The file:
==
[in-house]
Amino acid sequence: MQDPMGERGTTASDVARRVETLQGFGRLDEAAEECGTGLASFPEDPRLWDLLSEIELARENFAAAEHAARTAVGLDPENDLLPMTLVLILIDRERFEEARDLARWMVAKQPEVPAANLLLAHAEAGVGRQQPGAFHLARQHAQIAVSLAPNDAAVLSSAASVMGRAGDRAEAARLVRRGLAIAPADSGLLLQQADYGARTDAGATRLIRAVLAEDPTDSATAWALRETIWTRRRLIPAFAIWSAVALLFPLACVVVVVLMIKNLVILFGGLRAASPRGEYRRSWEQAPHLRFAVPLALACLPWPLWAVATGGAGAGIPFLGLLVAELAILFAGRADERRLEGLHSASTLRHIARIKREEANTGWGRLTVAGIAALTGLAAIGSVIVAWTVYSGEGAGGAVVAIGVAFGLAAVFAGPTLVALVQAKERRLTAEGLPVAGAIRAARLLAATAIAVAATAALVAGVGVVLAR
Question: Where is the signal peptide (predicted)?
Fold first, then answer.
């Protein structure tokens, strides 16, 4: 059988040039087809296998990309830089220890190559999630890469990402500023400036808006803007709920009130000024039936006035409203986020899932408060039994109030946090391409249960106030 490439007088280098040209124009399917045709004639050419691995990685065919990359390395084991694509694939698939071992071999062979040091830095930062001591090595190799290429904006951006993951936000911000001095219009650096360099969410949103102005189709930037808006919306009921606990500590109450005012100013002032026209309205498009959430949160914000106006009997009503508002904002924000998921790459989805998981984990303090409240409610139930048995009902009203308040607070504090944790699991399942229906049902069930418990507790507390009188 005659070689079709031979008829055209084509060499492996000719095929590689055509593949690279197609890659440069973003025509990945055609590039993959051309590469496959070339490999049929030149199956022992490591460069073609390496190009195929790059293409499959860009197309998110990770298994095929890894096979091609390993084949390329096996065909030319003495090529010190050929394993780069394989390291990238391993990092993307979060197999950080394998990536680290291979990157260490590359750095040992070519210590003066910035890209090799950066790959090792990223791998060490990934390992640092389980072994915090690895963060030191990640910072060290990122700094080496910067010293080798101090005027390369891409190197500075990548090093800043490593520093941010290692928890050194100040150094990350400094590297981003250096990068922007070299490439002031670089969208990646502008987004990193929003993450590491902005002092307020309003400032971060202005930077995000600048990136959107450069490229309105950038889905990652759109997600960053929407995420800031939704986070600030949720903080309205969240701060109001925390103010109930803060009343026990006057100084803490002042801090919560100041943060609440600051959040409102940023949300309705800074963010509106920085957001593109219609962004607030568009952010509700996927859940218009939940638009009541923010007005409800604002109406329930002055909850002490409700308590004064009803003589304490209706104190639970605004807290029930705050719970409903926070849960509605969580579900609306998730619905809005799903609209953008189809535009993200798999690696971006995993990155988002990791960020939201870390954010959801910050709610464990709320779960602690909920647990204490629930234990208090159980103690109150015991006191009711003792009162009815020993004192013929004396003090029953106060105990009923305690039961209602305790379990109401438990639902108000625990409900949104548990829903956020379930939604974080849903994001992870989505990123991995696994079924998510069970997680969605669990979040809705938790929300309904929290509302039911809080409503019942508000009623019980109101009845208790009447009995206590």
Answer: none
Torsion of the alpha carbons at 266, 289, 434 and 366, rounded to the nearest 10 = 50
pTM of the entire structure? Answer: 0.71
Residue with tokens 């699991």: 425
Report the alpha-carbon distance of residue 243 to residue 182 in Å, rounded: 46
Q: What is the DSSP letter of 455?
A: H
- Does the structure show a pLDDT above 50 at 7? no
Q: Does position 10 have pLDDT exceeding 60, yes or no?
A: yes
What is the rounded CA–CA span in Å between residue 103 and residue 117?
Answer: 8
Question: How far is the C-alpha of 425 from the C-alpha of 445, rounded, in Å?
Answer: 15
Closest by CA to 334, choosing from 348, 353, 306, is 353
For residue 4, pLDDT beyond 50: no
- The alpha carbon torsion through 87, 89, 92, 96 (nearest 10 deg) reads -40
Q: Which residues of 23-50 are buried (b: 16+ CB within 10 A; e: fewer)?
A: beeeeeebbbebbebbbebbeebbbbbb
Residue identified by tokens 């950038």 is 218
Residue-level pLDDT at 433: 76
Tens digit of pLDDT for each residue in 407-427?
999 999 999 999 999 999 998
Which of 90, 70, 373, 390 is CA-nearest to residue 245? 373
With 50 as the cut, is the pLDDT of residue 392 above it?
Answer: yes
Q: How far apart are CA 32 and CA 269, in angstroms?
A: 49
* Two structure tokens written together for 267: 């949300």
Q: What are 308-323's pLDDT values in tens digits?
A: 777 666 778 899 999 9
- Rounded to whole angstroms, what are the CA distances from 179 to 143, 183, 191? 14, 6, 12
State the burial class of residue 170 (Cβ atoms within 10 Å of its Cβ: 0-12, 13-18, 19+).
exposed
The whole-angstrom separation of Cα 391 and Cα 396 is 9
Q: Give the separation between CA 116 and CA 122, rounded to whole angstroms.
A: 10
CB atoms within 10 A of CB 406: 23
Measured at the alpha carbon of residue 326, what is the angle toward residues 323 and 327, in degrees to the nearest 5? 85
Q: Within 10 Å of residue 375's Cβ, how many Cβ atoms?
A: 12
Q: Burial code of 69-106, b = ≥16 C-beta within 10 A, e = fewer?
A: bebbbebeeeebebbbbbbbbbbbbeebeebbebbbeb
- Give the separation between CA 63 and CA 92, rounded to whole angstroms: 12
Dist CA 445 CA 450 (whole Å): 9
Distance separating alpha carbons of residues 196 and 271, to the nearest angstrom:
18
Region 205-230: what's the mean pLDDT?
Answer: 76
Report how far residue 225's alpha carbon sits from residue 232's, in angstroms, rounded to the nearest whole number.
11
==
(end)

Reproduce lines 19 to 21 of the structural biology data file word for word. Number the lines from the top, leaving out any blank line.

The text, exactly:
Answer: 15
Closest by CA to 334, choosing from 348, 353, 306, is 353
For residue 4, pLDDT beyond 50: no